Sunday, September 21, 2008

Dormie: considering the links

My favourite golf term: dormie (also dormy).

In match play the score is kept by counting the number of holes each competitor wins. The total number of strokes doesn't matter.

When a player is leading by the same number of holes left in play, that player is dormie, or dormie-X (where X is the number of holes left to play). The trailing player then has to win every remaining hole just to halve the match (you don't tie; you halve). The player who is dormie will win the match by winning or halving any of the remaining holes.

A player who is dormie is in a position to likely win the match outright and is guaranteed at least a half.

Two very different theories on its origin:
The Wikipedia page takes an ambitious stance, connecting it to the plural of dormouse, a little rodent found in Scotland. It further connects the word to golf competition by claiming that the reclusiveness of the little beasts made any sighting on the links a good omen.

The USGA settles on a derivation from dormir meaning 'to sleep' since the leading player can rest easy as it is now impossible to lose. I must admit this is the derivation I always assumed. The connection to being dormant, just waiting emerge, makes intuitive sense.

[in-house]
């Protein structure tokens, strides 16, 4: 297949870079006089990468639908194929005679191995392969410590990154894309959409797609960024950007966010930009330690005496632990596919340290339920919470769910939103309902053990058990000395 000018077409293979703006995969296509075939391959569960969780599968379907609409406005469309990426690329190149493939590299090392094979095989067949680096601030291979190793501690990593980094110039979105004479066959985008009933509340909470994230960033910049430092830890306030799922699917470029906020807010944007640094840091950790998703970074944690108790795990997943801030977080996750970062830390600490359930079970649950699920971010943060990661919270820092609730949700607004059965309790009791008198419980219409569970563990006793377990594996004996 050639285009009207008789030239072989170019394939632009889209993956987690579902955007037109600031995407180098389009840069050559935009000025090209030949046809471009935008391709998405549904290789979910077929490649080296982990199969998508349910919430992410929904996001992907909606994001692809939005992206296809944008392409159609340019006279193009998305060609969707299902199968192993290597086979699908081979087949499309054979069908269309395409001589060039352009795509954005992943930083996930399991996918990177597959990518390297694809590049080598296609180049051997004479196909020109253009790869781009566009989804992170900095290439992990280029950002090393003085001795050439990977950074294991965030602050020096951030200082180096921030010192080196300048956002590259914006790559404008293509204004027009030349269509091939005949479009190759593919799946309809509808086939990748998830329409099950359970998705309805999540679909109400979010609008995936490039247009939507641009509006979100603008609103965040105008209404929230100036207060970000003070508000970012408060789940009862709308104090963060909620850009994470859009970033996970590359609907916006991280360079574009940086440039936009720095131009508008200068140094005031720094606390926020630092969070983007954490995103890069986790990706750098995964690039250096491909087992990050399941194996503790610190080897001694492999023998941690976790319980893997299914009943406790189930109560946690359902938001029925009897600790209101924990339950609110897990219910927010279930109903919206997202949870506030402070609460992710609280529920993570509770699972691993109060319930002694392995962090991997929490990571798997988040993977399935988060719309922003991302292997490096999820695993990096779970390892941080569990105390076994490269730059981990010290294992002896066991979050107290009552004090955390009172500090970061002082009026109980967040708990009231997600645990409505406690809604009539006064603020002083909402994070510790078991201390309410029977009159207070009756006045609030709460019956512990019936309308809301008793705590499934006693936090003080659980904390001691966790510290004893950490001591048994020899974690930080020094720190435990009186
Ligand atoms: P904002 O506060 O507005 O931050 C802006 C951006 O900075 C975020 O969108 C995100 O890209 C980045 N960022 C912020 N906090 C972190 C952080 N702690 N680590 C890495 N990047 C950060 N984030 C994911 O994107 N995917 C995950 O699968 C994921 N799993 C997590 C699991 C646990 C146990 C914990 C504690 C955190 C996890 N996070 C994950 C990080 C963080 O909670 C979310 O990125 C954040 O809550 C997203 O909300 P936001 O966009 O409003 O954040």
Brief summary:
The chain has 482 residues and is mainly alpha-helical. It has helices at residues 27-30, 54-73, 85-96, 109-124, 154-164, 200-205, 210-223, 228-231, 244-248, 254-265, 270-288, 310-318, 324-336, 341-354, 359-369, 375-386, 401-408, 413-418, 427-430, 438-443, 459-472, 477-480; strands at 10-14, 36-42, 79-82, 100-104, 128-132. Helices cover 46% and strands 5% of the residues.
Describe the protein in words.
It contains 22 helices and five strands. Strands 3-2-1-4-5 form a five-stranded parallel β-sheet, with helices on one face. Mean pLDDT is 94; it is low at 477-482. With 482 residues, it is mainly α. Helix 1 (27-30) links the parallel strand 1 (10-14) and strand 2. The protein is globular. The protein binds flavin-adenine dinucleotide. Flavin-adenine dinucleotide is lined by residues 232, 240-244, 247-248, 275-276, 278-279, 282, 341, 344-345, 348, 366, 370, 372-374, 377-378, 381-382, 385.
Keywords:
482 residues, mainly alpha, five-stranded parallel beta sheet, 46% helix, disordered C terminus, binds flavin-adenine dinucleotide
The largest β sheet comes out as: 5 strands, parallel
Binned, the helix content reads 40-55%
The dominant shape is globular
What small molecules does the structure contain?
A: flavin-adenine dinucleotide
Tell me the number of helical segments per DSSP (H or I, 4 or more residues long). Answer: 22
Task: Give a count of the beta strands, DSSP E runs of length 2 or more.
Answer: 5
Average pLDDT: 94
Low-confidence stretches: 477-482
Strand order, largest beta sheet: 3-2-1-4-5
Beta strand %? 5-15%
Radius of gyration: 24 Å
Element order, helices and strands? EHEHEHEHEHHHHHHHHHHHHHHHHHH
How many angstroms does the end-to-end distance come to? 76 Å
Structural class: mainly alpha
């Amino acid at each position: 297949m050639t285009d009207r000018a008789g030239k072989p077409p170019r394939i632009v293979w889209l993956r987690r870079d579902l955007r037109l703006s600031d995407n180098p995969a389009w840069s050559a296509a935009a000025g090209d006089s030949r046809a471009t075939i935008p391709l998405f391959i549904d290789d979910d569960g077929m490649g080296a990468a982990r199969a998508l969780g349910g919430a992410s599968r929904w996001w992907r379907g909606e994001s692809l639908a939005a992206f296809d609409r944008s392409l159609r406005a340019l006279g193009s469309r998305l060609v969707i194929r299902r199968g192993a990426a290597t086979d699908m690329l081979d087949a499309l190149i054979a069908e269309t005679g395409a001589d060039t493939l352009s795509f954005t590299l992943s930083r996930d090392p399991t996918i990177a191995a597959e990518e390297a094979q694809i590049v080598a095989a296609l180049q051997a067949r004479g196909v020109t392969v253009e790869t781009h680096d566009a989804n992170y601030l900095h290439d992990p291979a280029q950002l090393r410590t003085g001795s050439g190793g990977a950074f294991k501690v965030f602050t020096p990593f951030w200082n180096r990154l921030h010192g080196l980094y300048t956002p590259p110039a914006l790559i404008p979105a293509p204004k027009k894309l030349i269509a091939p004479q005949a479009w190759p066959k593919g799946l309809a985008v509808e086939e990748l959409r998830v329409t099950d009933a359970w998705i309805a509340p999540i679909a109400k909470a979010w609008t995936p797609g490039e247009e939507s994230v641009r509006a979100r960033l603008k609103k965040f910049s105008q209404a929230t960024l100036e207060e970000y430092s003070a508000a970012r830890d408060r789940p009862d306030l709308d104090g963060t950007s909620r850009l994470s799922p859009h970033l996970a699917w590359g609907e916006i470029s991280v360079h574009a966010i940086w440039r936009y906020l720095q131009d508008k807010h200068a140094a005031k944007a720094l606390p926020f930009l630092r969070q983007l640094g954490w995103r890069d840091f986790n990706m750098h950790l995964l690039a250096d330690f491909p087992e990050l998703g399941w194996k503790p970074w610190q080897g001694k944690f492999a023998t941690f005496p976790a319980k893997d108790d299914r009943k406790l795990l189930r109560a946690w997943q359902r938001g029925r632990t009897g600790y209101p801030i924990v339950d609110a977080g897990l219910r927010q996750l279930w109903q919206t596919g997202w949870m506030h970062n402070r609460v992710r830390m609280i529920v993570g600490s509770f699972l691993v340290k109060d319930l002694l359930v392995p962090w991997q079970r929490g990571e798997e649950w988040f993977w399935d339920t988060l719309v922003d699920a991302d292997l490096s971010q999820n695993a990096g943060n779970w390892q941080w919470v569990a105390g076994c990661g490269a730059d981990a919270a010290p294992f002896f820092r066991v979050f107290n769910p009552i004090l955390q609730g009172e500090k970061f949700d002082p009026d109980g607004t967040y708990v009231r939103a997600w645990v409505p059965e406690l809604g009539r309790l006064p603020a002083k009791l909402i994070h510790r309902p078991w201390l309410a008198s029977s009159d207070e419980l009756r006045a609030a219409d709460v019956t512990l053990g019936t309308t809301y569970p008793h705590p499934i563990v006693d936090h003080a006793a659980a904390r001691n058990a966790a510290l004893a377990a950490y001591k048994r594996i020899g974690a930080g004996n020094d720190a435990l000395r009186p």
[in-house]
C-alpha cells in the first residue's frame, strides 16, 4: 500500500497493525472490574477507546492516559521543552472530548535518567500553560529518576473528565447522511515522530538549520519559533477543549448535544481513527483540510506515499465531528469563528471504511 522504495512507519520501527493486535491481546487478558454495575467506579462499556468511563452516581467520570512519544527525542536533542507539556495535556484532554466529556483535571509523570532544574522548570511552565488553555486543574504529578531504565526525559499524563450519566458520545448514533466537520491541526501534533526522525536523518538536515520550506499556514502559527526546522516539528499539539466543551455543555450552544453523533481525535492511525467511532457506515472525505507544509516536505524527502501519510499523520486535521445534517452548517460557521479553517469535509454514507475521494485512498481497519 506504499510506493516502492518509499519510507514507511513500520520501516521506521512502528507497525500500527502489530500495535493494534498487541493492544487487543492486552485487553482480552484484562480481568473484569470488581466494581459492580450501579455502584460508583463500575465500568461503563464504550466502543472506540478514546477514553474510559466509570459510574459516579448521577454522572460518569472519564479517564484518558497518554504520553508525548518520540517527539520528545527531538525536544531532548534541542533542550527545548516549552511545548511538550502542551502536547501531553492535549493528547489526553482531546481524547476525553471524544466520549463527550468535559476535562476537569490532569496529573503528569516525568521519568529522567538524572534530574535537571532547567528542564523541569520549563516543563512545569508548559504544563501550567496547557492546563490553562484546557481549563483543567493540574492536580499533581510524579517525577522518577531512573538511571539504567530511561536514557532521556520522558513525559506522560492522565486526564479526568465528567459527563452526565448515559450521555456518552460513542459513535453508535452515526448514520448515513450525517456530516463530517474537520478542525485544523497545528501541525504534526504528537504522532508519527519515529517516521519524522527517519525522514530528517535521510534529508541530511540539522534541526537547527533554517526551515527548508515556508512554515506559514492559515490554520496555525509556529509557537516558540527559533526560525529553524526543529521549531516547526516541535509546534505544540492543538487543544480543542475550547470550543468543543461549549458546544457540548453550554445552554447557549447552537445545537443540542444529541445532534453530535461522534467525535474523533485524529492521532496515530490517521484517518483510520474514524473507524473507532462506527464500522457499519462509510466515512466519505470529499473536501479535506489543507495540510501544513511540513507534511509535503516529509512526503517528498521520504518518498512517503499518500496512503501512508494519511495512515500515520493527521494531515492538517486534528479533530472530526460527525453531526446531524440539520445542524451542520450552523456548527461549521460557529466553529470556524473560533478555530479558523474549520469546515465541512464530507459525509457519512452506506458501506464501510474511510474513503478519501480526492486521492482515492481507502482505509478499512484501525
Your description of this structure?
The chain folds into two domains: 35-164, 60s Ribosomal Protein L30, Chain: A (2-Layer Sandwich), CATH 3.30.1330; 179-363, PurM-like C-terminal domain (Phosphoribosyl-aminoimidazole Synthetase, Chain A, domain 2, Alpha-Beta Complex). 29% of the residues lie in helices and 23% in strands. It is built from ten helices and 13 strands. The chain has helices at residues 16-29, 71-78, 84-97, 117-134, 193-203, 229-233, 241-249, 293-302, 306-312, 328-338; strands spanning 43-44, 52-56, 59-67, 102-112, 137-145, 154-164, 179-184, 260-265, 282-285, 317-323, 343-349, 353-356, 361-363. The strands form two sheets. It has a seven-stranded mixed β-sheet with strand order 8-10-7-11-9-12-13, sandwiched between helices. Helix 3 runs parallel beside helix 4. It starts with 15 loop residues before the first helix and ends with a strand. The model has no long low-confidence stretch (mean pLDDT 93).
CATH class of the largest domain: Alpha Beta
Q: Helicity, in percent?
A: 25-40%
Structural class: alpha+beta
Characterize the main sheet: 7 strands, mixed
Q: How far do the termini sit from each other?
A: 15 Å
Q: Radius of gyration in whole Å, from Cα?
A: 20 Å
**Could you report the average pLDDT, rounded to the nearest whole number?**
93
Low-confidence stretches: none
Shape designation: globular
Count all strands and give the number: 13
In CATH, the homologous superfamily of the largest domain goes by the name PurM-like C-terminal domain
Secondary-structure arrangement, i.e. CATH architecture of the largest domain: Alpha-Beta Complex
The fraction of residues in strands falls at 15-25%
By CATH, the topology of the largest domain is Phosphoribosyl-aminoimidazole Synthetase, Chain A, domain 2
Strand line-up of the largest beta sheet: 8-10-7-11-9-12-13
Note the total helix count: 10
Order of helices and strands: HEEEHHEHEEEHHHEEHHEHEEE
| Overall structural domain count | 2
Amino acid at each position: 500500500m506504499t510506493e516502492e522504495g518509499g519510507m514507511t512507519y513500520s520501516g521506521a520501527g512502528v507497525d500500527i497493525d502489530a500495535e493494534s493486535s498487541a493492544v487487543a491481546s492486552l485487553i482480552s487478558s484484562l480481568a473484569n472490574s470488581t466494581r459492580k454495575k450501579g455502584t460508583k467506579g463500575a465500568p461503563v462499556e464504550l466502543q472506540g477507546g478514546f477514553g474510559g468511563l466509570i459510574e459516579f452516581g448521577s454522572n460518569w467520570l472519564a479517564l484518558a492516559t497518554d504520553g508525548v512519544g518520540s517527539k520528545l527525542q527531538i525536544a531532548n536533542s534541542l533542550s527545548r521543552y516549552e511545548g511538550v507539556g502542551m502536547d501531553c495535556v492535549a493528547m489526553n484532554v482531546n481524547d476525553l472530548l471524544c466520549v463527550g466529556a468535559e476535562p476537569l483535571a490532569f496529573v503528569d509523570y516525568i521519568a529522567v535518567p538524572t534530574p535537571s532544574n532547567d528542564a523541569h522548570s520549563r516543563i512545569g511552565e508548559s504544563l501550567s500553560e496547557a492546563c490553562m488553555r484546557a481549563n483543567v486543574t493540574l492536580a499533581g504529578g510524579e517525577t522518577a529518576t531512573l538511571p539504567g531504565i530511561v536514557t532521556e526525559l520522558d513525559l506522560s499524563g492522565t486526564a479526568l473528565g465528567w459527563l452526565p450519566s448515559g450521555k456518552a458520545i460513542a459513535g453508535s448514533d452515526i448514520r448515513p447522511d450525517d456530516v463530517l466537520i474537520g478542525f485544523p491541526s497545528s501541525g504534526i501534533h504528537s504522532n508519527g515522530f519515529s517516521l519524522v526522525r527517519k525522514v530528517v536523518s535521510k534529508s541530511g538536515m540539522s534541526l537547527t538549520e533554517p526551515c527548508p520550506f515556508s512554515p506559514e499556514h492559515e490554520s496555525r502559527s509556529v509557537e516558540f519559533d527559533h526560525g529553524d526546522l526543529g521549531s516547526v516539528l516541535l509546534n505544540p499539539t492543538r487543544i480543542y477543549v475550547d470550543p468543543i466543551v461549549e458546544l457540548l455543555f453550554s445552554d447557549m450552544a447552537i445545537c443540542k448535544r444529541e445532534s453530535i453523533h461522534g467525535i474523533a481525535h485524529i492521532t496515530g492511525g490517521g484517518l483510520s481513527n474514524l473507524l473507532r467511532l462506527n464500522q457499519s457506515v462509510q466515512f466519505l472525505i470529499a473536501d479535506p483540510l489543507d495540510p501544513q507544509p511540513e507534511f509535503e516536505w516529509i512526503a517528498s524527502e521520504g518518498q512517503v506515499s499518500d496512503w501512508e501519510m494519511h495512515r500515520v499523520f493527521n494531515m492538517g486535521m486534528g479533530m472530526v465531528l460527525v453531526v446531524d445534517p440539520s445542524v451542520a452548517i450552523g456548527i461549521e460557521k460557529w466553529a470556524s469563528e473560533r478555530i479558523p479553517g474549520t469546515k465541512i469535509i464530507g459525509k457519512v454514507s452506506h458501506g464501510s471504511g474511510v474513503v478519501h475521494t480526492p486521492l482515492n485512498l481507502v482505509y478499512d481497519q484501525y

Funk & Wagnalls 1960 takes it back to dialectal English dorm meaning doze -- and further back to Latin dormire.

Webster's New Twentieth Century 2nd ed simply calls it Scottish in origin.

But it's hard to attest. And few dictionaries have much confidence in any derivation.

The OED doesn't offer an etymology.
The American Heritage Dictionary claims unknown origins.
Webster's New World Third Edition puts only a question mark in the brackets.
Merriam-Webster also throws up its hands.
The Historical Dictionary of Golfing Terms agrees that it's Scottish but offers no further derivation.

John Ayto doesn't offer an entry in his Dictionary of Word Origins but he does wonder if hibernating dormouse gets its name from connection to French dormeuse: sleeper (fem). Similar etymologies of dormouse are possible and they get some nods from dictionaries as a possibilities. Something that muddies the lucky dormouse connection mentioned above as well as the arguments against it. the US team won the Ryder Cup. Is it just me or do chants of USA! USA! really make little sense in sporting events?


  1. Well, in national competitions (or quasi-national ones like the Ryder or President's Cup), it's the simplest way to cheer for the team, isn't it?

  2. Also, I always just assumed it came from dormir. Never even really thought about it. Insteresting.

  3. Yeah I suppose that's what eludes me. It starts as a chant for the team from the US but it becomes a chant of patriotism. It's a type of patriotism that I don't get. My appreciation for this country just doesn't extend to (or more importantly, from) a group of athletes.

    But I guess that's for another blog under another blogger account.


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